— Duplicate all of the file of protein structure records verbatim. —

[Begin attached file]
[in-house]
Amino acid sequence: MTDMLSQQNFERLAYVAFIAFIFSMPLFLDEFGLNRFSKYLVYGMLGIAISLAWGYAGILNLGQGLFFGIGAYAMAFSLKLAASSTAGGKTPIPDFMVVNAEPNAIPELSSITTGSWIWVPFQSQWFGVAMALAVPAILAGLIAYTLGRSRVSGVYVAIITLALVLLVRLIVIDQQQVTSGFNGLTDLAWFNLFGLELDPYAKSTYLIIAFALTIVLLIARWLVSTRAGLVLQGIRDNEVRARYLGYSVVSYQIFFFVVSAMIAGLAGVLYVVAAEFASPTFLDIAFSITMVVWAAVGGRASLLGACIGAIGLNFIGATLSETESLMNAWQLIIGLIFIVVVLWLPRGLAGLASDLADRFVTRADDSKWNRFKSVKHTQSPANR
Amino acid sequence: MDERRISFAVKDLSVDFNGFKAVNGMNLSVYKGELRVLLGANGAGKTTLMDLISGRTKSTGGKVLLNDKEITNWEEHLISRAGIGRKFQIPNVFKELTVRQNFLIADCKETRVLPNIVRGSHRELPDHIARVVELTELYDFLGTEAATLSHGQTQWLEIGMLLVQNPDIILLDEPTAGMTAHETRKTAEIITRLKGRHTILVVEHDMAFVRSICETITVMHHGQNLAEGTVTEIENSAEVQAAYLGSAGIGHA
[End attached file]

[in-house]
Amino acid sequence: MTDMLSQQNFERLAYVAFIAFIFSMPLFLDEFGLNRFSKYLVYGMLGIAISLAWGYAGILNLGQGLFFGIGAYAMAFSLKLAASSTAGGKTPIPDFMVVNAEPNAIPELSSITTGSWIWVPFQSQWFGVAMALAVPAILAGLIAYTLGRSRVSGVYVAIITLALVLLVRLIVIDQQQVTSGFNGLTDLAWFNLFGLELDPYAKSTYLIIAFALTIVLLIARWLVSTRAGLVLQGIRDNEVRARYLGYSVVSYQIFFFVVSAMIAGLAGVLYVVAAEFASPTFLDIAFSITMVVWAAVGGRASLLGACIGAIGLNFIGATLSETESLMNAWQLIIGLIFIVVVLWLPRGLAGLASDLADRFVTRADDSKWNRFKSVKHTQSPANR
Amino acid sequence: MDERRISFAVKDLSVDFNGFKAVNGMNLSVYKGELRVLLGANGAGKTTLMDLISGRTKSTGGKVLLNDKEITNWEEHLISRAGIGRKFQIPNVFKELTVRQNFLIADCKETRVLPNIVRGSHRELPDHIARVVELTELYDFLGTEAATLSHGQTQWLEIGMLLVQNPDIILLDEPTAGMTAHETRKTAEIITRLKGRHTILVVEHDMAFVRSICETITVMHHGQNLAEGTVTEIENSAEVQAAYLGSAGIGHA